Will the Budget Cut Deal Hurt the Economic Recovery?

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Most people seemed to agree that the narrowly avoided government shutdown would have hurt the economy. But the question is whether the budget deal struck to avert the shutdown will hurt the economy more than if Washington had just turned off the lights?

The budget deal struck by President Obama and John Boehner and other Republicans over the weekend will cut $38.5 billion from government spending in the next year. Generally, when the government spends less that slows the economy, just like when consumers or companies spend less. That was afterall the reason many people thought a government shutdown, which would have temporarily slashed government spending and furloughed 800,000 government workers, would have hurt the economy. (More on Time.com: See the top 10 forgettable presidents)

Thomas Lam, who follows the US  for OSK-DMG Economics Group, says the budget deal could reduce real GDP growth by at least 0.4%. The unemployment rate, which recently stood at 8.8%, could end up anywhere from 0.2% to 0.4% higher than it would have been without the deal. And Lam is not alone. Nor is he the most worried. Diane Swonk, chief economist at Chicago-based Mesirow Financial, says negative impact of the budget deal could be more than double Lam’s estimate or 0.9%. She now estimates that GDP will grow 3.3% in 2011, down from a pre-deal estimate of 4.2%.

But, strangely enough not everyone thinks the budget deal will hurt the economy. Mark Zandi, of Economy.com, for one, says the budget deal will have a minimal affect on U.S. growth. Some even say it could boost the economy and jobs. Here’s why:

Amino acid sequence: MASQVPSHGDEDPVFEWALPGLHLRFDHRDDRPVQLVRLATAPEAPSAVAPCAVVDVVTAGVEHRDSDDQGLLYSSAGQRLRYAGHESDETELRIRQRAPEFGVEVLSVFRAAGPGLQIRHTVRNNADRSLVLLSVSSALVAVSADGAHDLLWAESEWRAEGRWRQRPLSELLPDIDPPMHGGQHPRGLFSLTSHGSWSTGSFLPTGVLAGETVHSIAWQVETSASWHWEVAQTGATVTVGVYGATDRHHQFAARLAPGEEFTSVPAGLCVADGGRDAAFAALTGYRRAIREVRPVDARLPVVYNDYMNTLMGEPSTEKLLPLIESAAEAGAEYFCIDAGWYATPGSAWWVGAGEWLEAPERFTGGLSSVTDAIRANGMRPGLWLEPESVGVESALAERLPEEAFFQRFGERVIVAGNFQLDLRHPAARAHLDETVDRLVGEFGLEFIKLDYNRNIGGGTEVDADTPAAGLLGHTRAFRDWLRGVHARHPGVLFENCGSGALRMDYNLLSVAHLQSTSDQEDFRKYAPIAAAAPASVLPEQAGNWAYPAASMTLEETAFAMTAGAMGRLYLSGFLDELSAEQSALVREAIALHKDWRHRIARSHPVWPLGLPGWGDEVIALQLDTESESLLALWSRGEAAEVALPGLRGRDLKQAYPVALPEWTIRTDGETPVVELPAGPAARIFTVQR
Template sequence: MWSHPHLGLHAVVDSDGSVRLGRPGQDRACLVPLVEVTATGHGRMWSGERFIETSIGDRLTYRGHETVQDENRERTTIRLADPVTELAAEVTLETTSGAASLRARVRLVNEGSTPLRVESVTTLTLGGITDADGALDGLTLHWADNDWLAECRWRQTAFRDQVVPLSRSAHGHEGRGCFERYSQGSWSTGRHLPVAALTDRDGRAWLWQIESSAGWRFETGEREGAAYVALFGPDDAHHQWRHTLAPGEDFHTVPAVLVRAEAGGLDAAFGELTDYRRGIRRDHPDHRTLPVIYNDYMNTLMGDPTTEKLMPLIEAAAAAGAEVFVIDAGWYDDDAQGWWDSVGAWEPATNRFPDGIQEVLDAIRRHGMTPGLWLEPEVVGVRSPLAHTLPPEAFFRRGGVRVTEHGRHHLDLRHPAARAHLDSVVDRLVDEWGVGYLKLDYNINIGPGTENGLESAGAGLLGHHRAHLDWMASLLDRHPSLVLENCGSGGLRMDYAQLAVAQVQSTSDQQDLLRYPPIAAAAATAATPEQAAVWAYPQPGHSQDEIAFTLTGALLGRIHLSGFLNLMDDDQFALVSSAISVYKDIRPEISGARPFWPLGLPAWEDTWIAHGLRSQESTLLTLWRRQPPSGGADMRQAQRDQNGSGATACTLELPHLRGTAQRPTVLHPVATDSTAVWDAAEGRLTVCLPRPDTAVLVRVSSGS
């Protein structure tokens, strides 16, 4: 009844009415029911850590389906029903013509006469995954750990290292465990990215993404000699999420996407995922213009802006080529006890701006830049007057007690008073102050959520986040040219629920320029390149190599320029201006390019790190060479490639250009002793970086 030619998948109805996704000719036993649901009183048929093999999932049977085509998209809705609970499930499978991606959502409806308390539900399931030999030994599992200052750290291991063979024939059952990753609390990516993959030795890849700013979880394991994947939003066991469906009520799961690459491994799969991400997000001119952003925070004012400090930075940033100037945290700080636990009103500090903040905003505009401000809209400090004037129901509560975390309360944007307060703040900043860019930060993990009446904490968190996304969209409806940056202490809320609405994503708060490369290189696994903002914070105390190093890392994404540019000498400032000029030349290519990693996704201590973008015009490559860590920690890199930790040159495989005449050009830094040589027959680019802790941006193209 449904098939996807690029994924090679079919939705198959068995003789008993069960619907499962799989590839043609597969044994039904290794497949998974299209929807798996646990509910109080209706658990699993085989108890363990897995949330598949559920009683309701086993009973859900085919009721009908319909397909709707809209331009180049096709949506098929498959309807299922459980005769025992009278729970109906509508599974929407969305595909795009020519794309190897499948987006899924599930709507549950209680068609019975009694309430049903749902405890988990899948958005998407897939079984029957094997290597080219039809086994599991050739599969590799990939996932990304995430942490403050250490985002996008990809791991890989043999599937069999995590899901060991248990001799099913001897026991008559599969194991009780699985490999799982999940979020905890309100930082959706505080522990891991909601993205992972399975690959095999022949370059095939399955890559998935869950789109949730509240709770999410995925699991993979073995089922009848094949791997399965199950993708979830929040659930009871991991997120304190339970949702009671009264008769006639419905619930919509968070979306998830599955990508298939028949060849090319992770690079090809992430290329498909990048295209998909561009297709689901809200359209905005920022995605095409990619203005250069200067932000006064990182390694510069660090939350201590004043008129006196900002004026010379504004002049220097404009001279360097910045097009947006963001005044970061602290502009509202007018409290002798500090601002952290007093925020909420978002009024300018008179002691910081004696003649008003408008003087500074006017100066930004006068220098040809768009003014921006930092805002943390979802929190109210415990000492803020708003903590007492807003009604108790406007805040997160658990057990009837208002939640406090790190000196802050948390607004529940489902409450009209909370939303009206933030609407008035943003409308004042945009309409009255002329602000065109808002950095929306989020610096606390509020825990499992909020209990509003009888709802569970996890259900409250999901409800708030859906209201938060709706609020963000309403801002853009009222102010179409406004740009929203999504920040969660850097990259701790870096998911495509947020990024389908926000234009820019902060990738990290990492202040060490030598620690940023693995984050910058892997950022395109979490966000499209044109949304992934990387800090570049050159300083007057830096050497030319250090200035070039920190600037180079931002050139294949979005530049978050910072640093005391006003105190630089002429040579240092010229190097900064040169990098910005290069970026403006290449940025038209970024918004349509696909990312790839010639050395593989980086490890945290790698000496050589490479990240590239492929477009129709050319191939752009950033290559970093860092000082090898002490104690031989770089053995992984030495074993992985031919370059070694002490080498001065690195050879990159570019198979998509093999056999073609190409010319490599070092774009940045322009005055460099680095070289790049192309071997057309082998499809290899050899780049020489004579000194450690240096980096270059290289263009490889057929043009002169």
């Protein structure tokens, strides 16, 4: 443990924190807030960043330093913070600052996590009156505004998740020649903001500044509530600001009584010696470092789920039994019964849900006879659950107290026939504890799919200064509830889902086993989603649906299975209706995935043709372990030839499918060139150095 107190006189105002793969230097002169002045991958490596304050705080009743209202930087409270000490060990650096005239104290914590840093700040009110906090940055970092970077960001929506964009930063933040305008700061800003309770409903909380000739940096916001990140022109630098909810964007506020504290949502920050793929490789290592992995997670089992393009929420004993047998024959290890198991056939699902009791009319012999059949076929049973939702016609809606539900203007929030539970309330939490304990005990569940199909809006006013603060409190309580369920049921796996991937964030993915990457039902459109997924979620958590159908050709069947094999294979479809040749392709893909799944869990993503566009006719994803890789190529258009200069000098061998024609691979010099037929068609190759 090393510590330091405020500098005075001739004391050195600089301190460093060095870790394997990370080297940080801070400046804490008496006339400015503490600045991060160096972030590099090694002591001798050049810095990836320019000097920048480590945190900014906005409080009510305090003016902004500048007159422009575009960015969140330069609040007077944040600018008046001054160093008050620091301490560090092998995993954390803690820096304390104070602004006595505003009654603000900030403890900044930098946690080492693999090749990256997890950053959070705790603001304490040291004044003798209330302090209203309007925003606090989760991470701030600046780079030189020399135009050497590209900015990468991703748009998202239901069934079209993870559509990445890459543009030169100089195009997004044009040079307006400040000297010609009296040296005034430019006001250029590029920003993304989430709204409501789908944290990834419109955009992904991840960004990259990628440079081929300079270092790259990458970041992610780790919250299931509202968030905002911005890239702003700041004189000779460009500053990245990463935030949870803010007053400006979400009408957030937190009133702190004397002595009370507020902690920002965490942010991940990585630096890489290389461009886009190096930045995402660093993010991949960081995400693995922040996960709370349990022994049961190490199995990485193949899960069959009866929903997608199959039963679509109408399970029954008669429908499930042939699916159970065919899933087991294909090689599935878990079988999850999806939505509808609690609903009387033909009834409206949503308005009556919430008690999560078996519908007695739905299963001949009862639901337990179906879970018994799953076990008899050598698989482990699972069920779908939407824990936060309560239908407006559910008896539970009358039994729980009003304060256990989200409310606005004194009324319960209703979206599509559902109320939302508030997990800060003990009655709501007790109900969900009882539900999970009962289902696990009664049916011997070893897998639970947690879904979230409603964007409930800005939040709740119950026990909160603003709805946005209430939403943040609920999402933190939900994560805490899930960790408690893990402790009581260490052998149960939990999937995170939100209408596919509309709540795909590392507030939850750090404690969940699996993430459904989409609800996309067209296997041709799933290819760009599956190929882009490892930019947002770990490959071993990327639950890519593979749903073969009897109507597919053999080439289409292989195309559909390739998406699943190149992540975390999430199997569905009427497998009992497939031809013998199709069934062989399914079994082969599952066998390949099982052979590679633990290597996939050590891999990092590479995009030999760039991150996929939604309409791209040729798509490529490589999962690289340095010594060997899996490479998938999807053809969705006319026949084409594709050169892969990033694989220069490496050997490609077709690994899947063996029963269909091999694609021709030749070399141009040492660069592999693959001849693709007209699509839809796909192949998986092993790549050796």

First of all, as Zandi points out, the economy is in better shape than it was a year ago. So perhaps some reduced amount of government spending won’t be noticed as companies and individuals begin to spend more. Perhaps. But in looking for a bright side of the government cuts, the New York Times repeats this argument for why the budget cuts might boost the economy:

As the government spends less it borrows less, and companies can borrow more. As the government collects less money in taxes, companies may increase spending and investment.“This cut combined with other cuts in entitlement reform will give the economy and businesses and investors some positive news on the fiscal front in Washington,” said Chris Edwards, director of tax policy studies at the Cato Institute, a libertarian think tank that favors even larger reductions in the federal spending.

My problem with that first paragraph is that companies don’t have a borrowing problem. Remember, IBM was able to borrow at just 1% last year. Any large company that wants money has been able to get it and get it at historically low rates. Yes, there have been some small companies that have been unable to borrow. But that is because of a lack of credit. And the people who see upside from cutting government spending are making an interest rate argument not a credit argument. (More on Time.com: See a special report on a dozen Republicans who could be the next president)

In the end, the question of whether the budget deal will hurt or help the government comes down to what you believe about our debt level. If you believe we are at some breaking point where we are about to hit some serious questions about whether we will be able to pay back all the government has borrowed, then yes the budget deal could boost growth by keeping interest rates low. If not, then this budget deal is likely to slow the recovery somewhat. How do we decide whether America is at the debt breaking point? Well that’s the topic of another blog post.

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